Theatre Royal Drury Lane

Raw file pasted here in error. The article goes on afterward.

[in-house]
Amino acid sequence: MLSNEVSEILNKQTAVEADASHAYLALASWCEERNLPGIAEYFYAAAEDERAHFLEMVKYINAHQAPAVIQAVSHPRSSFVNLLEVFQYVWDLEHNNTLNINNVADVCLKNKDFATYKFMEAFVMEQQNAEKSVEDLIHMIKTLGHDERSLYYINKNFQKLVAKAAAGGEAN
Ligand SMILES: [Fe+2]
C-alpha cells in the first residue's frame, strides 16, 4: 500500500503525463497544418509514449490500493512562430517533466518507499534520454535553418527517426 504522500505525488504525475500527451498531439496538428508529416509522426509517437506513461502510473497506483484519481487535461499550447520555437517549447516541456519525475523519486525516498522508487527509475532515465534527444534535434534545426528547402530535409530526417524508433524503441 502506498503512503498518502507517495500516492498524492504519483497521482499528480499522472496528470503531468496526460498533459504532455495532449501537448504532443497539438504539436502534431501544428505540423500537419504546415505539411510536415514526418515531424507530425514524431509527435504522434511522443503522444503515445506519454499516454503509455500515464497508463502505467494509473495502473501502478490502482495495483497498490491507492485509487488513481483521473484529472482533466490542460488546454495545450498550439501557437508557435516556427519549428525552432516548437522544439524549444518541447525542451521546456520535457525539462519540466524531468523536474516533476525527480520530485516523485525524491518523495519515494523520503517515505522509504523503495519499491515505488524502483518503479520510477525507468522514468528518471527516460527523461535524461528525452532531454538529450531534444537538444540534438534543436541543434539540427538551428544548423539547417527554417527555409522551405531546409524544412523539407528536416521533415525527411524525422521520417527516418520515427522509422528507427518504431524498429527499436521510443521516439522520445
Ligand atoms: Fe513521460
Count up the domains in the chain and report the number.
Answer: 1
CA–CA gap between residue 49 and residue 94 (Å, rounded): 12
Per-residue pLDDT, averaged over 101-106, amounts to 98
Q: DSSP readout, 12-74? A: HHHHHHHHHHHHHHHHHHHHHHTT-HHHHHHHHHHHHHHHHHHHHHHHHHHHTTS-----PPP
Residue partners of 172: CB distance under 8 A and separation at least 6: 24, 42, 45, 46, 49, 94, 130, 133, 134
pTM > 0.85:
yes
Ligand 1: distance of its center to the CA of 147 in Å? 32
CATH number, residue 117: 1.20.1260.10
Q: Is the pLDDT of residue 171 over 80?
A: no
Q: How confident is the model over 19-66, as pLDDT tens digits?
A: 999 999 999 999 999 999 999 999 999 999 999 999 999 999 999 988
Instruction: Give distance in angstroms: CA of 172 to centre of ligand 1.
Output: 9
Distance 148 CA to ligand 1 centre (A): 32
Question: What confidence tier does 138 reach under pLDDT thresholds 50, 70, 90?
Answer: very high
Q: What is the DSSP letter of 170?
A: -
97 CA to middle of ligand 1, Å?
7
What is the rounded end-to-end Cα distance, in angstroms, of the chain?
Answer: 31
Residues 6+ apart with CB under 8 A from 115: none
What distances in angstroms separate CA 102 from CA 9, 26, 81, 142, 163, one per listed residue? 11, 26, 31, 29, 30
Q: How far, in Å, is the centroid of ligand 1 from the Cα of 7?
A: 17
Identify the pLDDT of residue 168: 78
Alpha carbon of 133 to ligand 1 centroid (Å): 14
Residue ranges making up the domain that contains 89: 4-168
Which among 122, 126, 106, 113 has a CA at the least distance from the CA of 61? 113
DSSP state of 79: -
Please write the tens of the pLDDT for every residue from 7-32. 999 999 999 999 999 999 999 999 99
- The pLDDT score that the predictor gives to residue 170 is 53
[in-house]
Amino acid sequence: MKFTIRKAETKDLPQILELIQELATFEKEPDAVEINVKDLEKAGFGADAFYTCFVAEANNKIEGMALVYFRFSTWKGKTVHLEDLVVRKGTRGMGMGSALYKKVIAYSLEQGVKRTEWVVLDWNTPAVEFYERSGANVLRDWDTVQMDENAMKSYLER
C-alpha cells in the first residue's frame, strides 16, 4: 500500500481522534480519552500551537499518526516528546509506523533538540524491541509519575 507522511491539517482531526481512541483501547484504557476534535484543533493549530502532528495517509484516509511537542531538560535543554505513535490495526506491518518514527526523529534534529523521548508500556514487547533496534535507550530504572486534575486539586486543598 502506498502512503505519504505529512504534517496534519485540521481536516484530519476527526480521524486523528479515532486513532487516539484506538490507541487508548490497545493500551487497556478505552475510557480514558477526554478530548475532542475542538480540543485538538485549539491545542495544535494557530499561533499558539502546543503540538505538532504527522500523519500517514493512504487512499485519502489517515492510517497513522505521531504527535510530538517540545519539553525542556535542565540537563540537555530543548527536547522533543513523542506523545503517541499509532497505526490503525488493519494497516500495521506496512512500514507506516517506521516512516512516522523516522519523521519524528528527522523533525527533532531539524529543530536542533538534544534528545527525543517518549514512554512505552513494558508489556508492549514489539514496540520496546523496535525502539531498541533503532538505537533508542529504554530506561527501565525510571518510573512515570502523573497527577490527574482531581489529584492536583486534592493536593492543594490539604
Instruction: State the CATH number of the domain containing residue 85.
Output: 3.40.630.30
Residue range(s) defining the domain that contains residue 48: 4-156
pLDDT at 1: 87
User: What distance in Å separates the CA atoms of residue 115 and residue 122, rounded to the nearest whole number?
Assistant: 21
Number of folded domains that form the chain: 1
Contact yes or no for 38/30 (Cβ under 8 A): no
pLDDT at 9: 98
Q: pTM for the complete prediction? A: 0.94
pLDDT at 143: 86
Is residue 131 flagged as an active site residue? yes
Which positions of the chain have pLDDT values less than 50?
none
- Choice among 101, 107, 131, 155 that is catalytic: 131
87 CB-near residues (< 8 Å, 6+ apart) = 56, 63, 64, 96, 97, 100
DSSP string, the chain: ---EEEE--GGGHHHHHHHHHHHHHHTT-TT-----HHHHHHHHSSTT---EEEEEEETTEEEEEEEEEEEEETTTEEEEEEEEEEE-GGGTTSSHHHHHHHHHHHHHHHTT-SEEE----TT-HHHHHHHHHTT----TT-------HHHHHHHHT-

London's oldest theatre still in use. The first theatre on this site was built in 1662 and opened as the Theatre Royal in 1663. Destroyed by fire in 1672 and re-designed by Sir Christopher Wren re-opening in 1674. Forced to close in 1676 as Dorset Garden was more popular. By 1682 London could only support one theatre and a combined company re-occupied Drury Lane. In 1791 the theatre closed and was re-built to a design by Holland, re-opening in 1794. It burned down in 1809. A new theatre opened in 1812 designed by Wyatt and closed in 1878 (bankruptcy). The theatre re-opened in 1879 and has been open ever since, it closed briefly in 1939 but re-opened as the HQ of ENSA, despite being bombed in 1940. The theatre has a lot of history! One odd tradition, on Twelfth Night each year a large cake is given to the actors at the theatre courtesy of a Robert Baddeley, who died in 1794 … 1996 marked the 200th anniversary. 2245 seats. Backstage Tours are available (approx 90 minutes), information on 020 7240 5357. Prior to the opening of The Witches of Eastwick, the auditorium of the Theatre Royal was architecturally remodelled, giving it a new seating configuration. The previous capacity of 2,245 seats was reduced to 1,650 to maximise intimacy. Society of London Theatre member. Jan 2019 - Shut for 20 months to undergo a £45 million renovation project.